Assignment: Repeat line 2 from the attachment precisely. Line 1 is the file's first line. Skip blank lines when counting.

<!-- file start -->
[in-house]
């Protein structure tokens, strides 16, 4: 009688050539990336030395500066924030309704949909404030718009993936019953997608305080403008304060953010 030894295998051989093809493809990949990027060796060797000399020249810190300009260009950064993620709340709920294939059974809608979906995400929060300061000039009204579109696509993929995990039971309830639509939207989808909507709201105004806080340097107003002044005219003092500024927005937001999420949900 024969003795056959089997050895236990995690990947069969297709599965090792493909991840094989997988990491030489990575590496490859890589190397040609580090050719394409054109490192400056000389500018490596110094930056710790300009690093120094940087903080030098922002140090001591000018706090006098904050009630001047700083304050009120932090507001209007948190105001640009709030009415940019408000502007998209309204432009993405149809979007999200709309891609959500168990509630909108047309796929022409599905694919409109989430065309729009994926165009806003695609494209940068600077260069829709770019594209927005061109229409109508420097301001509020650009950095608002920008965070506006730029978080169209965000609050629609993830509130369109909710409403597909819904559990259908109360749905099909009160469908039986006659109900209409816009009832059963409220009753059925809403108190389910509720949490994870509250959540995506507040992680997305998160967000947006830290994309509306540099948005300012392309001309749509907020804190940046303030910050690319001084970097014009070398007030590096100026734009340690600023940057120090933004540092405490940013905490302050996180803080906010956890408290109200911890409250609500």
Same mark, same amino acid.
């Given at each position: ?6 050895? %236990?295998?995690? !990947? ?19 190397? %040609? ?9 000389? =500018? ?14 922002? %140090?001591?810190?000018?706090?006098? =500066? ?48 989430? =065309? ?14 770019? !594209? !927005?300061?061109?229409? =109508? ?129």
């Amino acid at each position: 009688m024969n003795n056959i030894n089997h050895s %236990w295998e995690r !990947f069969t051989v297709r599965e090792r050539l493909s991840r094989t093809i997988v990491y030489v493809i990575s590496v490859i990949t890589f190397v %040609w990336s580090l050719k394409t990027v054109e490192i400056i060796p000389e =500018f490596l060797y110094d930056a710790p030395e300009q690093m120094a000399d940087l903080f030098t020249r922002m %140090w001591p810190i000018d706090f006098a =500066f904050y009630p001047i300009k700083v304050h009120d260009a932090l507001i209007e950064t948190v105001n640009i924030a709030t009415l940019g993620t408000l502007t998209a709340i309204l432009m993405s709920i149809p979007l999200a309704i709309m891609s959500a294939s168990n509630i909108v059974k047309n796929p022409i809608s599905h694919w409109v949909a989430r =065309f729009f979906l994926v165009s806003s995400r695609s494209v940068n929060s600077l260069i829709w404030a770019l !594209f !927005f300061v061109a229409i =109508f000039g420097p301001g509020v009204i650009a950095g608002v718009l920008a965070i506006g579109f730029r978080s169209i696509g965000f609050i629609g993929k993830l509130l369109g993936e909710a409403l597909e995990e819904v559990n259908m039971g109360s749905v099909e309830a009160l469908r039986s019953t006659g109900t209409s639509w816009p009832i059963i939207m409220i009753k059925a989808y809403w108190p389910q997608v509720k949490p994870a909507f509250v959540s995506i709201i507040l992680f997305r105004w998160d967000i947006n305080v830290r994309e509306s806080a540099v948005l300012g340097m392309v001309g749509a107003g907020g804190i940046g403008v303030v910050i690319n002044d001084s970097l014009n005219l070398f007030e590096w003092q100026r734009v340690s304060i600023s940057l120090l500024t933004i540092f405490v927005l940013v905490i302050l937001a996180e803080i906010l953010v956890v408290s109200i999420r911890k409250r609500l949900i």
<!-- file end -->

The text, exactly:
């Protein structure tokens, strides 16, 4: 009688050539990336030395500066924030309704949909404030718009993936019953997608305080403008304060953010 030894295998051989093809493809990949990027060796060797000399020249810190300009260009950064993620709340709920294939059974809608979906995400929060300061000039009204579109696509993929995990039971309830639509939207989808909507709201105004806080340097107003002044005219003092500024927005937001999420949900 024969003795056959089997050895236990995690990947069969297709599965090792493909991840094989997988990491030489990575590496490859890589190397040609580090050719394409054109490192400056000389500018490596110094930056710790300009690093120094940087903080030098922002140090001591000018706090006098904050009630001047700083304050009120932090507001209007948190105001640009709030009415940019408000502007998209309204432009993405149809979007999200709309891609959500168990509630909108047309796929022409599905694919409109989430065309729009994926165009806003695609494209940068600077260069829709770019594209927005061109229409109508420097301001509020650009950095608002920008965070506006730029978080169209965000609050629609993830509130369109909710409403597909819904559990259908109360749905099909009160469908039986006659109900209409816009009832059963409220009753059925809403108190389910509720949490994870509250959540995506507040992680997305998160967000947006830290994309509306540099948005300012392309001309749509907020804190940046303030910050690319001084970097014009070398007030590096100026734009340690600023940057120090933004540092405490940013905490302050996180803080906010956890408290109200911890409250609500």